Shanina Smith was 27 years old, engaged to be married and raising her 3-year-old son. She was working at a Lear Corporation plant in Alabama with a coworker named Angela Mayo. On a Sunday evening shift in August 2019, Mayo shot Smith several times, killing her.
Smith’s family is now filing a wrongful death lawsuit against Lear.
Mayo left the plant after the shooting and later turned herself into the authorities, admitting that she not only shot Smith, but then stood over and shot her again. Mayo alleged that she was the subject of workplace bullying, that Smith had been making fun of her for 8 months and “brushed up against her” on one occasion.
All of this, according to Mayo, made her fear physical violence.
While any claim of workplace bullying must always be taken seriously, suffice it to say, it was a non-starter as a reason for a murder that had at least 4 witnesses. Indeed, the violent and fatal reaction from Mayo required a review of her mental competence to stand trial before legal proceedings could begin.
In November 2020, Mayo was sent to Bryce Hospital where she underwent evaluation. In March 2021, she was deemed competent to stand trial for her crime. She chose to plead guilty and received a 50-year prison sentence in May.
Regina Smith, the mother of the deceased, is now bringing the wrongful death lawsuit against both Mayo and the Lear Corporation on behalf of Smith’s young son. The corporation, with its ability to pay out on any damages, is the significant target. The Smith family must prove that Lear was negligent in allowing Smith and Mayo to continue to work together.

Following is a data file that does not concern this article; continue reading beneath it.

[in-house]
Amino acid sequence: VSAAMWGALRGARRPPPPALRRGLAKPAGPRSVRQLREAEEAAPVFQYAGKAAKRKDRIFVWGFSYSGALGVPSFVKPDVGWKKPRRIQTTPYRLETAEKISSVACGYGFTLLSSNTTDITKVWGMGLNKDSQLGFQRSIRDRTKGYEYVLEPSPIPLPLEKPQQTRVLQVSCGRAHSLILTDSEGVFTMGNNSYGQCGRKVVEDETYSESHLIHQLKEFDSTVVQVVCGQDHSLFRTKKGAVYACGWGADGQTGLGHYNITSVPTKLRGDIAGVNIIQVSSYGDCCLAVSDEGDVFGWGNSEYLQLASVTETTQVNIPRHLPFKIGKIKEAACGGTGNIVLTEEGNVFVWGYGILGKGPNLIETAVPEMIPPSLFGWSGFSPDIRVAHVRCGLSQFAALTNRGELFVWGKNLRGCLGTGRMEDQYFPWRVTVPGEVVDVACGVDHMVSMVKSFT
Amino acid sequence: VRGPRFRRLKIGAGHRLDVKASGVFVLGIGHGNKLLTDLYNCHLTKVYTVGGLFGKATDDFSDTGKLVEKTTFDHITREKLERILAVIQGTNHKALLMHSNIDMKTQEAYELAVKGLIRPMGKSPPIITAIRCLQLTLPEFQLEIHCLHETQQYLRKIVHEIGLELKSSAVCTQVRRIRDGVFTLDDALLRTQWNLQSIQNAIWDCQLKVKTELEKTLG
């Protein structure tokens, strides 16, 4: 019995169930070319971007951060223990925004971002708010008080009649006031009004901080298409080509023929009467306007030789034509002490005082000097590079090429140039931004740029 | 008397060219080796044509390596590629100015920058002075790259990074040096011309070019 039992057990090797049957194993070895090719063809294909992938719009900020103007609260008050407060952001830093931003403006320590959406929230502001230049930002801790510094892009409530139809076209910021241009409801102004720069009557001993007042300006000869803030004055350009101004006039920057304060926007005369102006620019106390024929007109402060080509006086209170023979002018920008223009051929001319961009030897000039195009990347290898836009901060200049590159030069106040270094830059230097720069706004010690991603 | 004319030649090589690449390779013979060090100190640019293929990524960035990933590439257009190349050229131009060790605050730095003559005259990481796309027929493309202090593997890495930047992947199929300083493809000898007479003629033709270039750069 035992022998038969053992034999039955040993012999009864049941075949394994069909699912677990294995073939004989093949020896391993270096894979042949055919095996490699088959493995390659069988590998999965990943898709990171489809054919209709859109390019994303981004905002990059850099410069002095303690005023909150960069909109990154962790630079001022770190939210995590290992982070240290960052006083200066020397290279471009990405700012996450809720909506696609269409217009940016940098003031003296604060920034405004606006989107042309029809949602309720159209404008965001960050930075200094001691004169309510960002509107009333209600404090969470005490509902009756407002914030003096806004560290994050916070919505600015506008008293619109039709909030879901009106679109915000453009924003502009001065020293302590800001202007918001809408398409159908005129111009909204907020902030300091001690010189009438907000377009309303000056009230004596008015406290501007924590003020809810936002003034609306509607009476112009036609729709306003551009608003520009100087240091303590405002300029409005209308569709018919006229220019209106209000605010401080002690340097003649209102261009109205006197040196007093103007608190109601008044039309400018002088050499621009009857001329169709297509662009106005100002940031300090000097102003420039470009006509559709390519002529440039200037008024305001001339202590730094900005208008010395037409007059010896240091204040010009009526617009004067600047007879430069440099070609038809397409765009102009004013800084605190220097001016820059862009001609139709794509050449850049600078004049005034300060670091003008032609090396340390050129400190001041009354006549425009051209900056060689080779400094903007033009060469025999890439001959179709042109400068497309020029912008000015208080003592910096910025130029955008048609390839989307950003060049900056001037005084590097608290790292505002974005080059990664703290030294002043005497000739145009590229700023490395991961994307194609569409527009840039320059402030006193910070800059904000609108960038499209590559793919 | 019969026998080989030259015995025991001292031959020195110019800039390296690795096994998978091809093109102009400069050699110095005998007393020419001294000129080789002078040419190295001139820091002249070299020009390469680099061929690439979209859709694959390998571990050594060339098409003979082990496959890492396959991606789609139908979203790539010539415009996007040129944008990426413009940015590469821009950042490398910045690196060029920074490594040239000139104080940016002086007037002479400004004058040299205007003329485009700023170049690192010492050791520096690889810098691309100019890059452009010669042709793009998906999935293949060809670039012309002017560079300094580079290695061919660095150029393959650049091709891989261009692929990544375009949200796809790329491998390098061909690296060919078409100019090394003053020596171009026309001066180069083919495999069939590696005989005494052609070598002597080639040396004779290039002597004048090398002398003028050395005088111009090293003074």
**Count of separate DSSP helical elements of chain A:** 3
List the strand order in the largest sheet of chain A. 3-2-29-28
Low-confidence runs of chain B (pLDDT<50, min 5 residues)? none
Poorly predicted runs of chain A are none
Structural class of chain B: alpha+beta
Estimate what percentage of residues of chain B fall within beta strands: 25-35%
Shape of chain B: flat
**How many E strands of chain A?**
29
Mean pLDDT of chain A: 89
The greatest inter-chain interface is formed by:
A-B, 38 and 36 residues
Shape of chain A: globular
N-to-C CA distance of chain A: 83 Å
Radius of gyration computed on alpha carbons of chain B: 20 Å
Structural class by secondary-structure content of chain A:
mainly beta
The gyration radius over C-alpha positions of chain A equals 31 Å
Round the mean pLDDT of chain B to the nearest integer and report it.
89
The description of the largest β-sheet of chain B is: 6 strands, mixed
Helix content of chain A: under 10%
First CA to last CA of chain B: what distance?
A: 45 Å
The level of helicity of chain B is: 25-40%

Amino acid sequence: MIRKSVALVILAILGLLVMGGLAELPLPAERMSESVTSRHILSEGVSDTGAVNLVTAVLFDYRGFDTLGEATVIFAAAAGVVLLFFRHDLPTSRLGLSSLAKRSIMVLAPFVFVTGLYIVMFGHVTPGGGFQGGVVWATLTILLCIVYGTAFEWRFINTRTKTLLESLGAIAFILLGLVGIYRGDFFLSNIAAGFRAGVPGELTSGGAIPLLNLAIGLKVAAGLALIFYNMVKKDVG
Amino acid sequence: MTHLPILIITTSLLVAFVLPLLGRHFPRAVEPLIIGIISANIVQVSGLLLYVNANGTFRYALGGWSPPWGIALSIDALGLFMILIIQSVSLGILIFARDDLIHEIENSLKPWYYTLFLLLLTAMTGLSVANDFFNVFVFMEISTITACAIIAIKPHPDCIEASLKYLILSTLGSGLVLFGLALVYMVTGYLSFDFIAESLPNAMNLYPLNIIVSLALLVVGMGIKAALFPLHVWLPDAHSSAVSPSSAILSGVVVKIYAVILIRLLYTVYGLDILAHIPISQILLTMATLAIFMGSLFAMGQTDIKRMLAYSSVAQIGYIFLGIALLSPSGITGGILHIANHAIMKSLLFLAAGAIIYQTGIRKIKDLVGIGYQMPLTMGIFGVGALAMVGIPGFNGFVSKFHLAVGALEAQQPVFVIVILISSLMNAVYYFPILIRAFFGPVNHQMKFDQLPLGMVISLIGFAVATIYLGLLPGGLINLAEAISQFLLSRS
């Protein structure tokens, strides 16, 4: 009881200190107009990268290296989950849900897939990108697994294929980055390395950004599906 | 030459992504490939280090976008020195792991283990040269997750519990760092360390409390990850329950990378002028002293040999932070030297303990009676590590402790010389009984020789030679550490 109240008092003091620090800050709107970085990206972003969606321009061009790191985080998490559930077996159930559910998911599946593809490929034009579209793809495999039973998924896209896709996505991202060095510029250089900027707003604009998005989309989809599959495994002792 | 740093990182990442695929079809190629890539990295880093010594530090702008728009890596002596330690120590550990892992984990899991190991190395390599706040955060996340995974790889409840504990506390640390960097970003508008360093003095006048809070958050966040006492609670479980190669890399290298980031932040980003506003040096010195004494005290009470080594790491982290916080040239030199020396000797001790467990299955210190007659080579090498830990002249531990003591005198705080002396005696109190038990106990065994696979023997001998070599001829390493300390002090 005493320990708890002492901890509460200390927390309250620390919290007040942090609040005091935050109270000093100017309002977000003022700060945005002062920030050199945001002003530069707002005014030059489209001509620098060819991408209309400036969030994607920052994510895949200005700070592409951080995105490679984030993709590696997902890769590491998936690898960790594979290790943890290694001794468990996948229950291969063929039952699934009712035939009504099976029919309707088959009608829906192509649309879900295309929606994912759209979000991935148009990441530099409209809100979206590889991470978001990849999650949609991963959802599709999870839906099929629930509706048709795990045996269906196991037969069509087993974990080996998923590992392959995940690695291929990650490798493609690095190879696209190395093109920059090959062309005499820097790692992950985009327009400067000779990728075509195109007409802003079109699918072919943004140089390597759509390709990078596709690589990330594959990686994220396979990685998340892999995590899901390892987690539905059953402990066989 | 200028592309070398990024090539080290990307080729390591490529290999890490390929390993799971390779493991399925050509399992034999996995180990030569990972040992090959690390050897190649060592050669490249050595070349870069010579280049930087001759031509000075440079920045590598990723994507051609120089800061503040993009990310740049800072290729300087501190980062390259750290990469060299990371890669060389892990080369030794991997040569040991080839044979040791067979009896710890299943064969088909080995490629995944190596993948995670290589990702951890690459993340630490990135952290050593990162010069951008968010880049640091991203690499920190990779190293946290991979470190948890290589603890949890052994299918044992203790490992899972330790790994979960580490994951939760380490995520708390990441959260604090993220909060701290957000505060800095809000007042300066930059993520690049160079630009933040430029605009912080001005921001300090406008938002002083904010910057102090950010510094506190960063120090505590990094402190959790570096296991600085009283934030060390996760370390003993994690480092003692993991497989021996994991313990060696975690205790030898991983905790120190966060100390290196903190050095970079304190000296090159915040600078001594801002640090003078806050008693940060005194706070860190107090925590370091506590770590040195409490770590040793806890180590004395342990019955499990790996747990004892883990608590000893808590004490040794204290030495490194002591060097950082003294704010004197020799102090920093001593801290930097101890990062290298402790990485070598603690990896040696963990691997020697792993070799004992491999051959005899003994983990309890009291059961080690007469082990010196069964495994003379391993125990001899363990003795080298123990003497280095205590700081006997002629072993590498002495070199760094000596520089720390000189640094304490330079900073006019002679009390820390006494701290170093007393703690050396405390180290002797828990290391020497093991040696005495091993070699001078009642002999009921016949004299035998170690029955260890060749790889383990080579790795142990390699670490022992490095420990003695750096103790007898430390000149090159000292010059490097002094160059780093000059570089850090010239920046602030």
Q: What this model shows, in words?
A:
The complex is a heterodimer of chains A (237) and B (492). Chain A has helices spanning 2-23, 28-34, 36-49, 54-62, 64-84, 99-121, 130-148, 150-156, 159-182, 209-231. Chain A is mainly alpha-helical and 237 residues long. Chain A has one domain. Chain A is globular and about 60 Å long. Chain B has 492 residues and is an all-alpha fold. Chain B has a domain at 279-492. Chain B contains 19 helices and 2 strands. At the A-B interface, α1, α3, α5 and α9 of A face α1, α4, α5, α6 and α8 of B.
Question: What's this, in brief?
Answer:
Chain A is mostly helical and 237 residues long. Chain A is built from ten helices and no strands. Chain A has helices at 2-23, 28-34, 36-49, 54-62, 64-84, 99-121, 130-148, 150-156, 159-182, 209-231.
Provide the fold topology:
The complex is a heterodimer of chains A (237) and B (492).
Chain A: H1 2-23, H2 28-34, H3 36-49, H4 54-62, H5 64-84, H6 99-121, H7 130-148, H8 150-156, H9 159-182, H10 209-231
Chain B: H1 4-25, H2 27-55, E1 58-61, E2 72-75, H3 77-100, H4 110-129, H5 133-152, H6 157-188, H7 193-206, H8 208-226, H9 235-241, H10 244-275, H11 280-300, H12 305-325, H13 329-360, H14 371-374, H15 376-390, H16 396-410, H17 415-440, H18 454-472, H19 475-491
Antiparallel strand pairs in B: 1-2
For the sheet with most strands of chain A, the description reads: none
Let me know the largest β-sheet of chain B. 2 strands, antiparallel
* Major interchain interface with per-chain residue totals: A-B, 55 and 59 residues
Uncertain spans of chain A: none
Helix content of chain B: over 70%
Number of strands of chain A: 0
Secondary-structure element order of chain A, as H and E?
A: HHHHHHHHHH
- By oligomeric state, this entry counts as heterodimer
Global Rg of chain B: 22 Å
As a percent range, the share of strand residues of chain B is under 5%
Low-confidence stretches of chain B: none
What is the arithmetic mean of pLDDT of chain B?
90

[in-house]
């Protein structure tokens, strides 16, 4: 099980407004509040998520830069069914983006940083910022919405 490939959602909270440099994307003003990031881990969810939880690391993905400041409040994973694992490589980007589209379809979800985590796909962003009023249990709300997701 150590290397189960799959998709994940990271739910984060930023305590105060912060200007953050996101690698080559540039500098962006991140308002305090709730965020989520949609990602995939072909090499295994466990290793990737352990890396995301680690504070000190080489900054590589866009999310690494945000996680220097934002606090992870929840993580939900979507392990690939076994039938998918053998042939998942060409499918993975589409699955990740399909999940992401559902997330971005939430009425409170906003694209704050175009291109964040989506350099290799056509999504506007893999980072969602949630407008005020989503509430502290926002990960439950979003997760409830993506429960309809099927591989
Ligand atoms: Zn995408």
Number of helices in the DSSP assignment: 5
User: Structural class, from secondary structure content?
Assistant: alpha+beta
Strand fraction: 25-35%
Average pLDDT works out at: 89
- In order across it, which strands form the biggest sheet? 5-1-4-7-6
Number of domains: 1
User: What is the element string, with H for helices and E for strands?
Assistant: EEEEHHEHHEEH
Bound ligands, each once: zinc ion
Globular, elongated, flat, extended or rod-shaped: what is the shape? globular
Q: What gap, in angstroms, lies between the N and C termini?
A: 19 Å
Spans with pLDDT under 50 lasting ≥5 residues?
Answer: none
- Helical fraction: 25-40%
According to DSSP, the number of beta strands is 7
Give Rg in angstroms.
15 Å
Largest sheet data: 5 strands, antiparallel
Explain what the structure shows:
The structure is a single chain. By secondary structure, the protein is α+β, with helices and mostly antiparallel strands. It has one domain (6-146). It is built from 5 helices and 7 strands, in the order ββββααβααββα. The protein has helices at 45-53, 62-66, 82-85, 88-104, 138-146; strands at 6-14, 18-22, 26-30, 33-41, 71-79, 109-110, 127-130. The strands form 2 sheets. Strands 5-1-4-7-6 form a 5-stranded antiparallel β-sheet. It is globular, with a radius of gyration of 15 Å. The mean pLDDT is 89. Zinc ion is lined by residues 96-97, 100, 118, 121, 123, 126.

In that regard, the complaint cites a “history of harassing and threatening” from Mayo and that Lear’s management was aware of what was taking place. The lawsuit alleges that prudent leadership from Lear would have foreseen trouble and that, in either case, the company lacked appropriate security to prevent guns from being brought to the workplace.
Stewart Springer is the attorney representing the Smith family in this case and is seeking $10 million in damages. Springer believes the final amount could go higher before the case is concluded.
Regina Smith remains understandably devastated by the loss and unsatisfied by the prison sentence given to Mayo. “I am just going to put the good Lord in front…” she said. “But I know it’s going to be hard for us…she (Shanina) was sweet, the sweetest little girl I raised.”
Time will tell how the lawsuit, to be overseen by circuit judge Brad Almond in Alabama, will play out. But in light of the charges made by Mayo in the immediate aftermath of the crime, and the counter-charges by Smith’s family, it’s not hard to envision this turning into a very nasty legal battle.